Referring to the drawings in particular, FIG. 1 schematically illustrates the design of an infusion system 1 for metering drugs from four fluid sources 2, 3, 4, 5. The fluid sources 2, 3, 4, 5 are connected via metering elements 6, 7, 8, 9 with a collecting channel 10. A pump 11 connected to the collecting channel 10 delivers carrier liquid 13 from a reservoir 12 into a patient line 14. The fluid sources 2, 3, 4, 5 contain different drugs, which are introduced into the collecting channel in portions according to a release plan. The drug boli 15, which are illustrated as an example in the patient line 14, are separated from one another by the carrier liquid 13. A control unit 100 is connected to the metering elements 6, 7, 8, 9 and the pump 11 and performs the metering of the drugs according to the multiplex method according to the fluid release plan. The control unit provides means for selecting the fluid source based on the fluid release plan. The total volume of each drug being metered is continuously determined and compared to the preset value in the fluid release plan. If deviations are now detected, the actuating signals for the metering elements 6, 7, 8, 9 are correspondingly adjusted.

FIG. 2 shows the longitudinal section of a peristaltic micropump 16 as a metering element as it appears as an example from DE 102 38 600 A1. The micropump 16 comprises a membrane element 17 with three membrane sections 18, 19, 20. Each of the membrane sections 18, 19, 20 is provided with a piezo element 21, 22, 23 and forms separate piezo membrane transducers together with the membrane sections 18, 19, 20. A pump body 24 contains a fluid inlet 25 and a fluid outlet 26. An inlet valve 27, a pump chamber 28 and an outlet valve 29 are formed by the membrane sections 18, 19, 20 in connection with the pump body 24.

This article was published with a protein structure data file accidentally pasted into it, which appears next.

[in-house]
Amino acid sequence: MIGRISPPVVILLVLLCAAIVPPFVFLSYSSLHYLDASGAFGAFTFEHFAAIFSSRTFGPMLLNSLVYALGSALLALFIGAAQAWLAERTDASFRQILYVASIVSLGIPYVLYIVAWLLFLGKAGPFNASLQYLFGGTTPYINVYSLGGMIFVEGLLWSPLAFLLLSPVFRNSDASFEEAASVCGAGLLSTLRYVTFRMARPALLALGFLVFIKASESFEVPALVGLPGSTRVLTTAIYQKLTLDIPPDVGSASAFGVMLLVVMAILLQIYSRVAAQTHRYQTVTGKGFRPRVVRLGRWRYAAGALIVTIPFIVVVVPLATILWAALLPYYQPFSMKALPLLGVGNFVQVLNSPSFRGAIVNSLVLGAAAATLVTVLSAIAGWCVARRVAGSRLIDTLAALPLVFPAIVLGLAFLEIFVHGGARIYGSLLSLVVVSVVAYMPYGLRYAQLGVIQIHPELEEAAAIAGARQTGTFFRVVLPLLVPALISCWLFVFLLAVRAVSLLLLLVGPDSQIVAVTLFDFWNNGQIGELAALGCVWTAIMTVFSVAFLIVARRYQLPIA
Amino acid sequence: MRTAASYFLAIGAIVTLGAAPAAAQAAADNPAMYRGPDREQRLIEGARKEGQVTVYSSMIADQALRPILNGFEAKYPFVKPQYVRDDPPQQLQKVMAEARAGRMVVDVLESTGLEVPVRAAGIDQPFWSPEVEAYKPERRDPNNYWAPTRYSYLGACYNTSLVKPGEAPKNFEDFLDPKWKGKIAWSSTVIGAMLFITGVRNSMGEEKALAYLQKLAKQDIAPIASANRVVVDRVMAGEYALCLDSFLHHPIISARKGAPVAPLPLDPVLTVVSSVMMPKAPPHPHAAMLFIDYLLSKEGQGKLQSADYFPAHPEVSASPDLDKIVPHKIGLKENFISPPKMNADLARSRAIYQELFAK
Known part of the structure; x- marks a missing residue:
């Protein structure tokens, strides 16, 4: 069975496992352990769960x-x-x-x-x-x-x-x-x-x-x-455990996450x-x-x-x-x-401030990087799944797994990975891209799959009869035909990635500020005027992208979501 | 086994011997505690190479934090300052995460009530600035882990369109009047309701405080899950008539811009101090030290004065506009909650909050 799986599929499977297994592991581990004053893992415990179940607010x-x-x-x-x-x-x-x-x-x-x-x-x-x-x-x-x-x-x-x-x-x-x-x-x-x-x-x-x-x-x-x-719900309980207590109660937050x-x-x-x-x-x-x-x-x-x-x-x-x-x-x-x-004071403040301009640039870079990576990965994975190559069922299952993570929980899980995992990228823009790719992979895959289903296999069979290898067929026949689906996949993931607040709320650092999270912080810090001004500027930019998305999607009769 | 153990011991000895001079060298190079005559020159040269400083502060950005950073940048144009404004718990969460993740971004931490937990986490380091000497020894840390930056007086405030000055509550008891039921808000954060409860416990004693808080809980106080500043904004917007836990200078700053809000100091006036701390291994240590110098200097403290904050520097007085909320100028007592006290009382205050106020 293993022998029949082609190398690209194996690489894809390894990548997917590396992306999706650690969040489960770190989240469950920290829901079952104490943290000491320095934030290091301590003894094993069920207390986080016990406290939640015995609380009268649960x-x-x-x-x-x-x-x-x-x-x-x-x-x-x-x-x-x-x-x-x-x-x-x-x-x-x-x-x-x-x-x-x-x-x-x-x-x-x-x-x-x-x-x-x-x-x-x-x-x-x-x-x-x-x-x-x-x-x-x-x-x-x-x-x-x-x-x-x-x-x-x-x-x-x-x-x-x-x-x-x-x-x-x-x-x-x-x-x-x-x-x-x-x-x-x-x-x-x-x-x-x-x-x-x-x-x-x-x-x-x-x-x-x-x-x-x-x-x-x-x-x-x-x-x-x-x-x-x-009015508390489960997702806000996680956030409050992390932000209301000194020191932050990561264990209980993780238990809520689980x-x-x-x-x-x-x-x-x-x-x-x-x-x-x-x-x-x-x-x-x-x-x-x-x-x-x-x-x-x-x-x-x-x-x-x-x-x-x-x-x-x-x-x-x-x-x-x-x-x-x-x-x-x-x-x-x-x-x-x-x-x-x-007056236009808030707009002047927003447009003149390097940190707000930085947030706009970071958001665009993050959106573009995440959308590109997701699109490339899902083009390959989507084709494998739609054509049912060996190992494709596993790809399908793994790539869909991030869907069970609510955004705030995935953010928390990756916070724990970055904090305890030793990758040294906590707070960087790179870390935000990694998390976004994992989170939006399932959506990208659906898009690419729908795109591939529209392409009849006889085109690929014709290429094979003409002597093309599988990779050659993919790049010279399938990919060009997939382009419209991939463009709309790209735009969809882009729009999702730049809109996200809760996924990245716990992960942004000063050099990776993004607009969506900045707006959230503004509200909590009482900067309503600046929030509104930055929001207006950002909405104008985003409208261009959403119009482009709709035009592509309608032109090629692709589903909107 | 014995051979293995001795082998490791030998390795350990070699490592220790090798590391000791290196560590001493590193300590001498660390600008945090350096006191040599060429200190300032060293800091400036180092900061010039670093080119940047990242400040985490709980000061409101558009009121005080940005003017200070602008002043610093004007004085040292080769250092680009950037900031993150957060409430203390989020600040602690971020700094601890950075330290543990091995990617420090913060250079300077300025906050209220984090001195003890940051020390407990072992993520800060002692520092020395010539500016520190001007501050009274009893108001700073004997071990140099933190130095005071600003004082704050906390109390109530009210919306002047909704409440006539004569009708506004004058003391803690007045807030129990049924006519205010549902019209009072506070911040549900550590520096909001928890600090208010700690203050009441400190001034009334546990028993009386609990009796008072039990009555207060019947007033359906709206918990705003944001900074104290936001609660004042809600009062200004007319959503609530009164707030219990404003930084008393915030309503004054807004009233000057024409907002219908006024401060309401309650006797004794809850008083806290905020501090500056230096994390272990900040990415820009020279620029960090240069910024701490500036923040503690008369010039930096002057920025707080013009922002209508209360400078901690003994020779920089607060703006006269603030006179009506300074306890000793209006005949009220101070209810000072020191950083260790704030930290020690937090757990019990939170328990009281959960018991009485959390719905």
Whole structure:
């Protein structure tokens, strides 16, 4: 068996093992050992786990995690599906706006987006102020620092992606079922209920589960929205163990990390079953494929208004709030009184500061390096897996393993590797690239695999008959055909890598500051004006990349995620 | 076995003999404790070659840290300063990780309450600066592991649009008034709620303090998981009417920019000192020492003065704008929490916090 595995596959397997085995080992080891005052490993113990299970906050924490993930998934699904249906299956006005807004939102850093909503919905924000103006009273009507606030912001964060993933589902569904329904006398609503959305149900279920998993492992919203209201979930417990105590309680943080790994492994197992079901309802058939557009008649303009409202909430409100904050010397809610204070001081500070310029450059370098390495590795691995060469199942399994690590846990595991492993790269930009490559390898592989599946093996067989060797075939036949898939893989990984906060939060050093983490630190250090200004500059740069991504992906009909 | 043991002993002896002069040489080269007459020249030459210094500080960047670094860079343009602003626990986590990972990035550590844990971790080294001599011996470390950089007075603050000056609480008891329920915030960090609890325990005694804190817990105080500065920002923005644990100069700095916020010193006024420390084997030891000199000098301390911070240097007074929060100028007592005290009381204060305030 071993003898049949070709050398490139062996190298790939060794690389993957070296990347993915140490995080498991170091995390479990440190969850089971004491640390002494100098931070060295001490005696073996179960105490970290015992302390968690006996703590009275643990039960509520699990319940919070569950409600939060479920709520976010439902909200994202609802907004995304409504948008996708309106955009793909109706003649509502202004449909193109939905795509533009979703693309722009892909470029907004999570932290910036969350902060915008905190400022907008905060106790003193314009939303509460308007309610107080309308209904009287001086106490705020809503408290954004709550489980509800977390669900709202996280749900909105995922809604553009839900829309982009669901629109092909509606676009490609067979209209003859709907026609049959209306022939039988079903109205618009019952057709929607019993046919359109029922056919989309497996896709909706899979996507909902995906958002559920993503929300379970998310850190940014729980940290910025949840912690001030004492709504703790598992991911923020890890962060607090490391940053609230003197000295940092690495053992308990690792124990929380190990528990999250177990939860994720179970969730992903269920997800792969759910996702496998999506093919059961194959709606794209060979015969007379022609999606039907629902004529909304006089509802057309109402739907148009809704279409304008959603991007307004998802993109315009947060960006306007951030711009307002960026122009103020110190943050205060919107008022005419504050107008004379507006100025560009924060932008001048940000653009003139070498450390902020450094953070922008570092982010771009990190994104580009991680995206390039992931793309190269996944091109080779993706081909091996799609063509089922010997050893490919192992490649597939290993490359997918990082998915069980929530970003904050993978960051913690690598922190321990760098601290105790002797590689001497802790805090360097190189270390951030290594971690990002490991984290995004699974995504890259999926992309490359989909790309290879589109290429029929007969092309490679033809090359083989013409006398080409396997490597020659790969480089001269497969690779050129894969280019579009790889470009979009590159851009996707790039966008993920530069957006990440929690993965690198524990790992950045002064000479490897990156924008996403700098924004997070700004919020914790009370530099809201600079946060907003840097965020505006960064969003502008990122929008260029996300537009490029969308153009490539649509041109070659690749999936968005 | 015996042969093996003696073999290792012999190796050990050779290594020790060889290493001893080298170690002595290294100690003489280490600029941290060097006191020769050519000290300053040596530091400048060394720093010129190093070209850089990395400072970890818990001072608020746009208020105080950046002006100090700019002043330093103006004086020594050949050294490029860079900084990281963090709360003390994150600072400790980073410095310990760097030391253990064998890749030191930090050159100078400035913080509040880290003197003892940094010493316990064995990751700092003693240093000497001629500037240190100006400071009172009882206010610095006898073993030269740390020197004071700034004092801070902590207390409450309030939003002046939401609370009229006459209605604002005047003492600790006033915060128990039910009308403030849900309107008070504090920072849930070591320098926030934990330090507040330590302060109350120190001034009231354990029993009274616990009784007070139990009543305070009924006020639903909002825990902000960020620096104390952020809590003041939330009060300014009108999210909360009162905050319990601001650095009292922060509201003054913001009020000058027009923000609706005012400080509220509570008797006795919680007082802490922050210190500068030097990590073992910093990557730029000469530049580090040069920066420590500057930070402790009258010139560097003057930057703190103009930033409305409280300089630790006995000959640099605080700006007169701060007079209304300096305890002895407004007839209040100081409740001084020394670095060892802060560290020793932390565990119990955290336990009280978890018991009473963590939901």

With the outlet valve 29 closed and the inlet valve 27 opened, the membrane section 19 of the pump chamber 28 is moved upward, and the drug to be metered is drawn up via the fluid inlet 25. The inlet valve 27 is then closed, the outlet valve 29 is opened and the drug volume is released via the fluid outlet 26, and the membrane section 19 is now moved downward. Volume strokes in the range of 0.1 μL, to 010 μL, can be performed with the prior-art micropump 16. The micropump 16 forms one embodiment of a means for removing fluid volumes.

FIG. 3 illustrates an alternative metering element 30 in the form of an elastomer channel 32 deformable by a pump 31. The alternative metering element 30 forms a means for removing fluid volumes. The drug to be metered is accommodated in a fluid container 33 with low flexural strength. A defined, measured channel section 34 is filled with the drug and is subsequently emptied by the pump 31. The elastomer channel 32 has an internal cross section in the range of 0.1 mm2 to 2 mm2 and a wall thickness greater than 1 mm. The metered fluid volume is fed into the collecting channel 10 that forms a means for forming a fluid stream.

FIG. 4 shows a drug metering system 35, in which drug containers 36, 37, 38, 39 are connected to the collecting channel 10 via temperature-stabilized metering capillaries 40 and corresponding on-off valves 41, 42, 43, 44 that form a means for removing fluid volumes. The collecting channel 10 (means for forming a fluid stream) is connected to the reservoir 12 for the carrier liquid 13 via a throttle 45. Another on-off valve 46 and a pressure-measuring device 47 are located on the discharge side of the throttle 45. The pump 11 delivers the fluid stream into the patient line 14.

The metering capillaries 40, which are schematically illustrated as a block only in FIG. 4, consist of glass or silicon with a cross-sectional area smaller than 0.05 mm2. The fluidic resistance is more than 50 mbar per 1,000 mm per hour and typically 50 mbar per 20 mL per hour.